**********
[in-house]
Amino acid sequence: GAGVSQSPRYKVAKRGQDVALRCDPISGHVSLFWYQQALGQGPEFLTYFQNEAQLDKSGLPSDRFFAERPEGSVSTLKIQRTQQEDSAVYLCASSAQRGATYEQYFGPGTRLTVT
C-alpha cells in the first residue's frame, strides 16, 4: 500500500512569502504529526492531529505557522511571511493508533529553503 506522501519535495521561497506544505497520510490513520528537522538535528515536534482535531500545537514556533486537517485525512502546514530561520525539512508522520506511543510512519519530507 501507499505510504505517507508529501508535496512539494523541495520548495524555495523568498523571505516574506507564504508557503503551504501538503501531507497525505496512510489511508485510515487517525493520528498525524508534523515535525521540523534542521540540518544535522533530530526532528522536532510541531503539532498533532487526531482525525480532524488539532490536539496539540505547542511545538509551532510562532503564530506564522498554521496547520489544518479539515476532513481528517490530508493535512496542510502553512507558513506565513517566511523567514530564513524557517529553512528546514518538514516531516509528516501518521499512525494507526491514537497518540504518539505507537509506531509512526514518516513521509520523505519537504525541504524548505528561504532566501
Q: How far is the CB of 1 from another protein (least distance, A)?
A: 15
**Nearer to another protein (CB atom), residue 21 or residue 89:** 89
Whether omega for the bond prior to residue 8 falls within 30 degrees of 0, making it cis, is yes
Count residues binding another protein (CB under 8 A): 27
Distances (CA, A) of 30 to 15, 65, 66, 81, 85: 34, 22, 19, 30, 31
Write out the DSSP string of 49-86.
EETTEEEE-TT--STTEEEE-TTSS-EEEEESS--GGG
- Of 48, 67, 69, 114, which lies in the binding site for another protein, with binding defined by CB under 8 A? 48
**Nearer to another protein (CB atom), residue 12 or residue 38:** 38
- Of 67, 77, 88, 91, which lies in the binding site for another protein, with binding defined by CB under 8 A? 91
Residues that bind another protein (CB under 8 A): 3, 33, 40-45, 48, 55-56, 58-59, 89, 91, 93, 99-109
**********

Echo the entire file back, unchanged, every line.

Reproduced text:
[in-house]
Amino acid sequence: GAGVSQSPRYKVAKRGQDVALRCDPISGHVSLFWYQQALGQGPEFLTYFQNEAQLDKSGLPSDRFFAERPEGSVSTLKIQRTQQEDSAVYLCASSAQRGATYEQYFGPGTRLTVT
C-alpha cells in the first residue's frame, strides 16, 4: 500500500512569502504529526492531529505557522511571511493508533529553503 506522501519535495521561497506544505497520510490513520528537522538535528515536534482535531500545537514556533486537517485525512502546514530561520525539512508522520506511543510512519519530507 501507499505510504505517507508529501508535496512539494523541495520548495524555495523568498523571505516574506507564504508557503503551504501538503501531507497525505496512510489511508485510515487517525493520528498525524508534523515535525521540523534542521540540518544535522533530530526532528522536532510541531503539532498533532487526531482525525480532524488539532490536539496539540505547542511545538509551532510562532503564530506564522498554521496547520489544518479539515476532513481528517490530508493535512496542510502553512507558513506565513517566511523567514530564513524557517529553512528546514518538514516531516509528516501518521499512525494507526491514537497518540504518539505507537509506531509512526514518516513521509520523505519537504525541504524548505528561504532566501
Q: How far is the CB of 1 from another protein (least distance, A)?
A: 15
**Nearer to another protein (CB atom), residue 21 or residue 89:** 89
Whether omega for the bond prior to residue 8 falls within 30 degrees of 0, making it cis, is yes
Count residues binding another protein (CB under 8 A): 27
Distances (CA, A) of 30 to 15, 65, 66, 81, 85: 34, 22, 19, 30, 31
Write out the DSSP string of 49-86.
EETTEEEE-TT--STTEEEE-TTSS-EEEEESS--GGG
- Of 48, 67, 69, 114, which lies in the binding site for another protein, with binding defined by CB under 8 A? 48
**Nearer to another protein (CB atom), residue 12 or residue 38:** 38
- Of 67, 77, 88, 91, which lies in the binding site for another protein, with binding defined by CB under 8 A? 91
Residues that bind another protein (CB under 8 A): 3, 33, 40-45, 48, 55-56, 58-59, 89, 91, 93, 99-109